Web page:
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See what the world’s deserted airports looked like during lockdown

Tom Hegen photographed grounded airplanes last year when travel was at a standstill. The results are starkly beautiful.

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Airports are beginning to bustle again, but this time last year they were deserted. And that gave one photographer a rare opportunity to capture the beauty in their stasis.

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German photographer Tom Hegen wanted to convey his personal quarantine experience, and after hearing how airports were closed and planes grounded across Germany, he decided to focus his project there. His aerial images, which capture runways dotted with grounded aircraft, striped with colorful lines, and punctuated with luggage carriers at a standstill, are a graphic ode to travel during a time when no one was going anywhere. These photos are now compiled in a new book aptly titled Airports.

[Photo: Tom Hegen]
The images from above would have been nearly impossible to capture at any other time because of air traffic. Travel restrictions due to the coronavirus hit airlines hard. In April 2020, when these photographs were taken, the Transportation Security Administration saw a 95% percent drop in air passengers in the U.S., and at least half of the planes in the world were grounded. International air travel still dropped 60% overall last year, according to the United Nation’s air transportation agency. Without the usual flight traffic, Hegen got the okay to fly a helicopter above the taxiways at six major German airports around Frankfurt, Hamburg, and Berlin. He leaned out of the helicopter’s open doorway to capture the shots.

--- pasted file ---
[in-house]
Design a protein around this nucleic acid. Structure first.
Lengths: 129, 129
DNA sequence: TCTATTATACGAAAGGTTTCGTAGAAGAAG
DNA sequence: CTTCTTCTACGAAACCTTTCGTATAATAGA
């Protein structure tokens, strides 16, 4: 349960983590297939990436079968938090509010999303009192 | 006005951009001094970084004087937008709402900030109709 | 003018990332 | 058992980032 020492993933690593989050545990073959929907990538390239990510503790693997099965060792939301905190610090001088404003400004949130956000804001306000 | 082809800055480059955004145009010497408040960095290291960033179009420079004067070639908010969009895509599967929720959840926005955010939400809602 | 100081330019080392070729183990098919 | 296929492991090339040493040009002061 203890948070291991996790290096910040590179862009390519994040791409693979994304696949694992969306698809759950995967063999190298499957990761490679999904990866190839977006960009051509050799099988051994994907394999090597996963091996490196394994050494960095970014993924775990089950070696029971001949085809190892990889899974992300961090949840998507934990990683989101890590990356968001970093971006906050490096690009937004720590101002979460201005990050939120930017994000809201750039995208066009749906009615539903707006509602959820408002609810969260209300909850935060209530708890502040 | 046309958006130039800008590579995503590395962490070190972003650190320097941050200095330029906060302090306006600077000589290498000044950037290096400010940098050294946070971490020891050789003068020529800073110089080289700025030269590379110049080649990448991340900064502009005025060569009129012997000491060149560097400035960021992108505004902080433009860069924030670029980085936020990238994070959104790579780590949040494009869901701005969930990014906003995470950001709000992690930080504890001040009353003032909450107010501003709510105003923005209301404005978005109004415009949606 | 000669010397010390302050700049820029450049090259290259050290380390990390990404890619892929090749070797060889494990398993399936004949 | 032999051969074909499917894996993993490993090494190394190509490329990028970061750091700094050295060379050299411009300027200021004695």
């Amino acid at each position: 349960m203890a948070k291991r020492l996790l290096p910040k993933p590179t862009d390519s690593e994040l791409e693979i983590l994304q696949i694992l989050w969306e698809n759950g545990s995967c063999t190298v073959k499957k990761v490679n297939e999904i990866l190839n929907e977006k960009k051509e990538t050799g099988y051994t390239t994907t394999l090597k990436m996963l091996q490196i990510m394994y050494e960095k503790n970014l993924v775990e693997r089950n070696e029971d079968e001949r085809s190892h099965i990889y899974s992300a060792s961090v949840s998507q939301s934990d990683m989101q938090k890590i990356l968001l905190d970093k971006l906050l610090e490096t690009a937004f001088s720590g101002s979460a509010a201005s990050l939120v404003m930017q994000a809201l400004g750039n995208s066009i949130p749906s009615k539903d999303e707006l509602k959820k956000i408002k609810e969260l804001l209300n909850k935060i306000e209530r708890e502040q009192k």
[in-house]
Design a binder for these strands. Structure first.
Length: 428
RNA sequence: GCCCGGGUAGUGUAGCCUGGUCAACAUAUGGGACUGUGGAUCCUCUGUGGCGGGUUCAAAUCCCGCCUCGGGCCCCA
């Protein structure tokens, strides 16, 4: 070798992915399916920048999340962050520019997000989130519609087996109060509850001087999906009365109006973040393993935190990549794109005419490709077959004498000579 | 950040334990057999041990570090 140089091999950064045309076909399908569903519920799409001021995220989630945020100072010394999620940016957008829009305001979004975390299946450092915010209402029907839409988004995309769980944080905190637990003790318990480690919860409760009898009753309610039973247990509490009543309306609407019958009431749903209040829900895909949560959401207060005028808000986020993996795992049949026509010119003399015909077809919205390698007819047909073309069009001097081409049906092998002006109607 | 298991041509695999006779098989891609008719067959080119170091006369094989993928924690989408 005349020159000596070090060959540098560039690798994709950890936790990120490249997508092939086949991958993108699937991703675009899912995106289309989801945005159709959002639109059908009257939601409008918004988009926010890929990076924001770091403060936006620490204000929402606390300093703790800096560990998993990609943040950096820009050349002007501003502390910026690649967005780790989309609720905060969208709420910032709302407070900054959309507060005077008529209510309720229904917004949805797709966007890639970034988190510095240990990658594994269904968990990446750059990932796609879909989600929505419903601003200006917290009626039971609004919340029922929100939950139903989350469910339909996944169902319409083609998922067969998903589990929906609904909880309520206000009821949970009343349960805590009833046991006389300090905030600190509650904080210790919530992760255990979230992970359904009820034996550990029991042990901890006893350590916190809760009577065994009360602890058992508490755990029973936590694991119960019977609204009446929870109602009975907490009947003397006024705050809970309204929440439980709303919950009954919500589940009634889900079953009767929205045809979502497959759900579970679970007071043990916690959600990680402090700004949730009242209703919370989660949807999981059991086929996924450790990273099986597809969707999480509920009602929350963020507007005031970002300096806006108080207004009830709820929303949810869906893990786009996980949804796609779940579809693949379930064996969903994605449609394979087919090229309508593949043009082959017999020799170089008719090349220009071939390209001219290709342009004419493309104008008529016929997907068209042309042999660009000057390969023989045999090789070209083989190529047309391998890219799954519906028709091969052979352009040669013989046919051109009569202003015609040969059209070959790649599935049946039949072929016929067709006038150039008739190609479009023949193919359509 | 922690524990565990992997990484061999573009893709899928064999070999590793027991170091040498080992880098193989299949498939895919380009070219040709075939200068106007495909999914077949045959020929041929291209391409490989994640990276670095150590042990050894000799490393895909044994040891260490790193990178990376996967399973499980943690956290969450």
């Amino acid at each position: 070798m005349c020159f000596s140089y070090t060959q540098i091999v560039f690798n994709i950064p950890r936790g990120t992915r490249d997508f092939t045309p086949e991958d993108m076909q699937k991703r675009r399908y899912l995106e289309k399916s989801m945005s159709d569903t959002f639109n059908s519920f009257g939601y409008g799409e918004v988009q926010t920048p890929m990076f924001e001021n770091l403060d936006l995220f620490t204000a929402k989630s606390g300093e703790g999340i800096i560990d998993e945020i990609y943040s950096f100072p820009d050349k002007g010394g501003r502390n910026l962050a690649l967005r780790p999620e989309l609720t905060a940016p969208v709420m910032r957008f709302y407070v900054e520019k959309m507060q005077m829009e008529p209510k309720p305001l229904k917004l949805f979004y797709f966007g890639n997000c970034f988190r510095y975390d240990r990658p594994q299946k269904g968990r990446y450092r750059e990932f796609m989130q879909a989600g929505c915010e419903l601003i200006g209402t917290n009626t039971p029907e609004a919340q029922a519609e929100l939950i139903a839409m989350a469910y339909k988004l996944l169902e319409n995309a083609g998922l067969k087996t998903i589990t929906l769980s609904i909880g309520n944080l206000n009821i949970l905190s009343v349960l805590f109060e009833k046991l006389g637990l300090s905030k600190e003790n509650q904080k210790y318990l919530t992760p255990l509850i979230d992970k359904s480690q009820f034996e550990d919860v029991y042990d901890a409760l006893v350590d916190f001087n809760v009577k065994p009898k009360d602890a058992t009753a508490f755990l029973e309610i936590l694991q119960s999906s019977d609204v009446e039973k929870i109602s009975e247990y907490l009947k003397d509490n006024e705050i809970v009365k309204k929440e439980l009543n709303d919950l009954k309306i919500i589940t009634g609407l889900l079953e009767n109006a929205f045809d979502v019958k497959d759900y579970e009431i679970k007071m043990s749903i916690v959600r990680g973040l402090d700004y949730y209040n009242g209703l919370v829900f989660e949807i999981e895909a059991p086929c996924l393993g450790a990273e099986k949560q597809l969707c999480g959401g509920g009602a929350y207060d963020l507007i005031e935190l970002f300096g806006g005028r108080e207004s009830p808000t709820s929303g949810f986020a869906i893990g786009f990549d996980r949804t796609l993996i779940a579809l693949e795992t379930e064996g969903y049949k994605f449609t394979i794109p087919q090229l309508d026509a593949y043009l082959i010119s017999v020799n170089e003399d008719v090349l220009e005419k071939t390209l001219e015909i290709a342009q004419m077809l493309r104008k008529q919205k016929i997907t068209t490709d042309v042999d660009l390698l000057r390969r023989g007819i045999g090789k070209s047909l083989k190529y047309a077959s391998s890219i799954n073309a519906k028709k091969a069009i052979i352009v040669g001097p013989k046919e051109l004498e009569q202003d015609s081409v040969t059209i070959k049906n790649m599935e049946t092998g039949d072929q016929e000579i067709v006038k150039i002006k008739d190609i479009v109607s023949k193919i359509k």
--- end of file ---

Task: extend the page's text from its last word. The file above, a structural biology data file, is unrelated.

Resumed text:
It’s easy to look at the drab gray cement of an airport at eye level and see the space purely as a means to getting somewhere else. But Hegen’s photographs make airport runways a visual destination. Shot from above, the airplanes almost seem like miniatures, perfectly placed in symmetric and correlating patterns and surrounded by brightly colored accent lines. But it’s also a reminder that the space is a feat of architecture and engineering; its layout is a beautiful and precise way to get all of us from point A to point B safely.

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It should also come as no surprise that Hegen was trained as a graphic designer, so finding a graphic composition in the everyday is second nature for him. He looked for clean compositions that emphasized geometric shapes, pattern, and lines. “The concrete ground resembles the stage for all the elements and colors appearing in the scenery,” says Hegen. “[It’s] like a miniature world.”

About the author

Lilly Smith is an associate editor of Co.Design. She was previously the editor of Design Observer, and a contributing writer to AIGA Eye on Design.

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